3rd century Buddhist remains found in Guntur district
A third century AD Buddhist remains of a circular stupa and pillared pavilion Sila mandapa datable to the Ikshvaku times were unearthed at Kondaveedu fort, said Dr E Sivanagi Reddy, a Buddhist archaeologist and CEO, Cultural Centre of Vijayawada and Amaravathi CCVA here on Sunday
Vijayawada: A third century AD Buddhist remains of a circular stupa and pillared pavilion (Sila mandapa) datable to the Ikshvaku times were unearthed at Kondaveedu fort, said Dr E Sivanagi Reddy, a Buddhist archaeologist and CEO, Cultural Centre of Vijayawada and Amaravathi (CCVA) here on Sunday.
Dr Reddy along with K Siva Reddy, convener of Kondaveedu Development Committee and Subhakar Medasani, secretary, Amaravathi Buddha Vihara visited the site as per the instructions of Civil Supplies Minister Prattipati Pulla Rao who is directly supervising the development works for Kondaveedu Festival.
The remains of the stupa were found underneath the sunken and dilapidated Siva temple of the Reddy period during the process of dismantling it for reconstruction.
Interestingly, Sivanagi Reddy noticed the stupa structure measuring 12.5 feet in diametre, 4.5 feet in height consisting of layers of well dressed Palnadu lime stone which the Buddhists preferred.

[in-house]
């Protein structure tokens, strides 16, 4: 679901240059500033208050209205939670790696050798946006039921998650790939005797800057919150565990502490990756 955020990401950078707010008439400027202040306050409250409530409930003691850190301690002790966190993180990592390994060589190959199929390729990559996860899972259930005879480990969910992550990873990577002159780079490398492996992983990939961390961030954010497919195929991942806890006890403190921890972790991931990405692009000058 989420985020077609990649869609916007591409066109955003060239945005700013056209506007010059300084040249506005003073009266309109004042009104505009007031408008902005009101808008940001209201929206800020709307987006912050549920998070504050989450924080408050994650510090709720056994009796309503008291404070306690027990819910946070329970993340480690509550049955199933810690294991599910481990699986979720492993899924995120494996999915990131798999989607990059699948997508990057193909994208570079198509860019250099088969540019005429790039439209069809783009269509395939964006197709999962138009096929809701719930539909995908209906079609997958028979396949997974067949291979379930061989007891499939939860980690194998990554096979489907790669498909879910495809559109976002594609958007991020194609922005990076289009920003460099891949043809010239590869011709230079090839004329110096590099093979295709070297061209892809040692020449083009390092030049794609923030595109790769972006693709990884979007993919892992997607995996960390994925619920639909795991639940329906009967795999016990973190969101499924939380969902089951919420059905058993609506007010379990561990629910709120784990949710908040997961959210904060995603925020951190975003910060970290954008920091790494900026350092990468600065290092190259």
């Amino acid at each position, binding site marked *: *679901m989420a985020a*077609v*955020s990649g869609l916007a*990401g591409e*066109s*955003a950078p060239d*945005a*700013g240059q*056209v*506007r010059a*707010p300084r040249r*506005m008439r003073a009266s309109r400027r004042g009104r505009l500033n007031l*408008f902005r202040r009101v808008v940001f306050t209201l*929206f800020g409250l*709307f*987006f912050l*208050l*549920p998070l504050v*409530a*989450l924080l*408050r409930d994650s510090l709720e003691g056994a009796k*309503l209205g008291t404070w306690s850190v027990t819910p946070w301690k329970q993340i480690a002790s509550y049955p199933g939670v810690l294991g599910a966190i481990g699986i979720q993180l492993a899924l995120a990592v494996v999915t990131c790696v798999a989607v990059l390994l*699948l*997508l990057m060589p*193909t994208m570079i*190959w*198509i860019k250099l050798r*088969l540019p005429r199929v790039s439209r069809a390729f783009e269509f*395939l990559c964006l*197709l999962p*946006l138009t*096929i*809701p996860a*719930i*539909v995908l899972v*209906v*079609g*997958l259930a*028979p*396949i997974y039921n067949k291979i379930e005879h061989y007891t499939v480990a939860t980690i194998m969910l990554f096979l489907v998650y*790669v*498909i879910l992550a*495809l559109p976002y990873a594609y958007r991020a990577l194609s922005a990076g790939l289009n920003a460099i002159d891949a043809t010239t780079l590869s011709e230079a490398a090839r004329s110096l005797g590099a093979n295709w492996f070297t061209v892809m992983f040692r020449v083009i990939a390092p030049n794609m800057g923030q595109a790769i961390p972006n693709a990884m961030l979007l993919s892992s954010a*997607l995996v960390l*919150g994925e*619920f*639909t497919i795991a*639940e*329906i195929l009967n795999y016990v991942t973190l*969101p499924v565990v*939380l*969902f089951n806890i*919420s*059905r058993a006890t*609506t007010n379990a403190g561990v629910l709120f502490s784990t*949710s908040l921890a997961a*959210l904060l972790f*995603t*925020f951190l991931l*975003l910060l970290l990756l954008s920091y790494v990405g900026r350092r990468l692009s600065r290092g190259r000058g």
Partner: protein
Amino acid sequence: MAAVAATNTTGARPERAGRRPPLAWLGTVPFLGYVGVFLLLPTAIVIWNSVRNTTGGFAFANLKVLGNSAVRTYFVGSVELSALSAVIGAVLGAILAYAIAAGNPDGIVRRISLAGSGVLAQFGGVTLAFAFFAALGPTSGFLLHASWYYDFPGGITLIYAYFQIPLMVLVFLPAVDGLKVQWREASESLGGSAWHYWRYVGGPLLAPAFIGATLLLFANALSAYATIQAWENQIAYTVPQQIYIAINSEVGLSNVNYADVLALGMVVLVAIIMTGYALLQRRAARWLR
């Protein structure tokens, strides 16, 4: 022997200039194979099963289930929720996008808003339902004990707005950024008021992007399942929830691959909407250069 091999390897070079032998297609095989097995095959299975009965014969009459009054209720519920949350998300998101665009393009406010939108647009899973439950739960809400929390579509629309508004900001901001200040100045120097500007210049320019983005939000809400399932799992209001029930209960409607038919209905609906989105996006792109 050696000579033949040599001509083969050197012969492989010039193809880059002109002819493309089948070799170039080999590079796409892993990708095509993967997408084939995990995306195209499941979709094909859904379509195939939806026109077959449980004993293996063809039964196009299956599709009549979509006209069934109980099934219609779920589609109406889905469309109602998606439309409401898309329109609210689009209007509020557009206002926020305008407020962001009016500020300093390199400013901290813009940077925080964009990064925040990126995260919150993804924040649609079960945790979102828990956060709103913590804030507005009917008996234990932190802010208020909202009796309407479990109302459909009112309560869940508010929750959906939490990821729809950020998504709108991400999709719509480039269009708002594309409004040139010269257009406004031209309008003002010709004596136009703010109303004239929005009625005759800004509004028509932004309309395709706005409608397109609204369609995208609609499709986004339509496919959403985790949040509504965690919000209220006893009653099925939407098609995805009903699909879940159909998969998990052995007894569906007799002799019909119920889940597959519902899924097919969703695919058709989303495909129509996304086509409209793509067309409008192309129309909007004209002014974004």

The bottom most layer was carved with lotus flower design representing the mature phase of typical Amaravathi School of Art as seen at the pedestal of the world famous Nagarjunakonda Buddha image, thus giving clue to conclude that the stupa was built during the Ikshwaku period.
Dr Reddy and the team appealed to the State Department of Archaeology and Museums to relocate and construct the dismantled Siva temple and at another place and protect the Buddhist stupa.
Dr Reddy and team visited the spot from where Narasimha Swamy temple was dismantled.
The cave which housed the Narasimha idol was also a Buddhist cave meant for rainy retreat (Vassavasa) used by the monks during the 4 months of the rainy season. Dr Reddy picked up a brick measuring 58 x 27x 7 cm of the Ikshwaku times.
These evidences clearly reveal that Kondaveedu was a Buddhist settlement 2,000 years ago which later, during the period of Anavema Reddy, was selected for their capital city enclosed by huge and lengthy fortification walls with two entrances on east and west sides in 14th century AD, said Dr Sivanagi Reddy.